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Business

Stocks falter on disappointing jobs data

The Dow Jones industrial average dropped for a seventh straight day, its longest losing streak since the height of the financial crisis in October 2008. A disappointing jobs report added to investors' concerns that the recovery is losing steam.

The Dow ended down 46 points Friday after the government said private employers added only 83,000 jobs last month, fewer than the 112,000 analysts had forecast. The Dow and other indexes posted losses for a second straight week.

Light trading ahead of the long Independence Day weekend brought choppy moves, particularly in the final hour. The Dow was essentially flat in the last five minutes before sliding just before the close.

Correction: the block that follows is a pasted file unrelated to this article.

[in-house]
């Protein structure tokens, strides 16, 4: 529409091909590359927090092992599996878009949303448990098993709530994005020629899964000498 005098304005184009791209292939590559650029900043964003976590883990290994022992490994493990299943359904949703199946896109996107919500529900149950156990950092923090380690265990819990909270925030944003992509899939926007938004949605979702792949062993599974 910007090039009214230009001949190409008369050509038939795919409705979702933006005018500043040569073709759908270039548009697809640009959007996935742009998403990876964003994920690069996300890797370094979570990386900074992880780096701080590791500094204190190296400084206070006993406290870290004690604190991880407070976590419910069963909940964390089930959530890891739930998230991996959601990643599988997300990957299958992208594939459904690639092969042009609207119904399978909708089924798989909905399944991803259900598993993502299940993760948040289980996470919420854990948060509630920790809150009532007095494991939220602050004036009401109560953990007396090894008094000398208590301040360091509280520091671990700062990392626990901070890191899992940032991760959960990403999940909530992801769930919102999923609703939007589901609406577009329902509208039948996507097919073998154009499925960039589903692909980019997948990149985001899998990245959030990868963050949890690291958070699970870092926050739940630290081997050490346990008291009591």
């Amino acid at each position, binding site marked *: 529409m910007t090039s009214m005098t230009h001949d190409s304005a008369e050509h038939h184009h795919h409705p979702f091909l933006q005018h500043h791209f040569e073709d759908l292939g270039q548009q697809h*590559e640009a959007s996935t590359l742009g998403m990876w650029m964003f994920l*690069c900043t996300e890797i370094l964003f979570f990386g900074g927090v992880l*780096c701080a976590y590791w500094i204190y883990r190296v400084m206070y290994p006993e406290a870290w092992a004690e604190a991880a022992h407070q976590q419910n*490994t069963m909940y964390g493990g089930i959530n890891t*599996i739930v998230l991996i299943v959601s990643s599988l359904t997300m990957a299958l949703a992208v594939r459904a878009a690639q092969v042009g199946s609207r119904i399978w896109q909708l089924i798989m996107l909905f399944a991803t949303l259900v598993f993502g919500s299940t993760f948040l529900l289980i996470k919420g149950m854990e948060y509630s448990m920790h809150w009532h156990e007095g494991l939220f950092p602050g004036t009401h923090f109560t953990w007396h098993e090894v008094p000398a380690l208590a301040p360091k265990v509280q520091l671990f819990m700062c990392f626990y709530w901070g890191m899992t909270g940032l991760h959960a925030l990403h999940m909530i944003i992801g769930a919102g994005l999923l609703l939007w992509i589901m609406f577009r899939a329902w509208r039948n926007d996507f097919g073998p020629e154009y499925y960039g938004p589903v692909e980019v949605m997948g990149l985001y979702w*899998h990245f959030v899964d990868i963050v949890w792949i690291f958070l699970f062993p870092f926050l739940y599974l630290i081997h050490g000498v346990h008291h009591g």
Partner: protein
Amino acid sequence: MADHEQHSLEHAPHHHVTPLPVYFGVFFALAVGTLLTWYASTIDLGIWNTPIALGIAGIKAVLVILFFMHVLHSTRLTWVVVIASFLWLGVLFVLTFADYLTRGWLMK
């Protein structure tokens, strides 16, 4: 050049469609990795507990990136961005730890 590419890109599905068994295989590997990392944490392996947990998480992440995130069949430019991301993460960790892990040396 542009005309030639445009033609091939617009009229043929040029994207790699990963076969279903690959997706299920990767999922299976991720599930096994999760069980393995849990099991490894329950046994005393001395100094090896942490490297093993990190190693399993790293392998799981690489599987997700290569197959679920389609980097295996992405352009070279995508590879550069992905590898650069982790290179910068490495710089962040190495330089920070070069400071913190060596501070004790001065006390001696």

Investors are focused on business hiring because that makes up the bulk of the country's workforce. The enduring jobs problems are raising concerns that the economy will begin sliding again. Many economists say that's unlikely but still a worry.

The Dow fell 46.05 points, or 0.5 percent, to 9,686.48. The Dow hasn't fallen for seven straight days since an eight-day loss that ended Oct. 10, 2008.

The Standard & Poor's 500 index fell 4.79, or 0.5 percent, to 1,022.58, while the Nasdaq composite index fell 9.57, or 0.5 percent, to 2,091.79. - AP

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